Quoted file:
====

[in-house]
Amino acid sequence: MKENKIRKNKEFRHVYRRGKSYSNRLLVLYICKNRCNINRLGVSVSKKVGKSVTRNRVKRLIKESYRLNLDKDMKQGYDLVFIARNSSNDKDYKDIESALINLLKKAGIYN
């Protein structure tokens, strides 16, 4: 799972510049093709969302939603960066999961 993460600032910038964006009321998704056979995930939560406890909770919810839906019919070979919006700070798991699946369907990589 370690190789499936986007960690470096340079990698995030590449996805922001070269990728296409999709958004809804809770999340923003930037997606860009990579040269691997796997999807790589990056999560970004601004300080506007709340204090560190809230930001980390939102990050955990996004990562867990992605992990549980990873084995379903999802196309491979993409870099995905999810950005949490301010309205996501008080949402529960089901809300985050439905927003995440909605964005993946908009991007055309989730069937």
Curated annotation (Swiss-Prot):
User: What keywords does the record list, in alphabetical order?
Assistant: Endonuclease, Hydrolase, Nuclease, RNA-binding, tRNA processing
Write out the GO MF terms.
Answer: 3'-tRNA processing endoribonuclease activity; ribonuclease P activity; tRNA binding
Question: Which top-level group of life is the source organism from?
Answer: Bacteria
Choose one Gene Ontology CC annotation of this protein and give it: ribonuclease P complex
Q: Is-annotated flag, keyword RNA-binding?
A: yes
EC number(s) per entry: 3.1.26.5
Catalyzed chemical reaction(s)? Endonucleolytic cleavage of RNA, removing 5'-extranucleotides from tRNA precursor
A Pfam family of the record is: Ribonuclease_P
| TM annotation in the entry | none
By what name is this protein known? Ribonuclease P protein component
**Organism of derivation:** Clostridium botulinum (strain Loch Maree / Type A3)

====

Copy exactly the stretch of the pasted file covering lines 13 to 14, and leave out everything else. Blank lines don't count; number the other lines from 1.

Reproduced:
A: yes
EC number(s) per entry: 3.1.26.5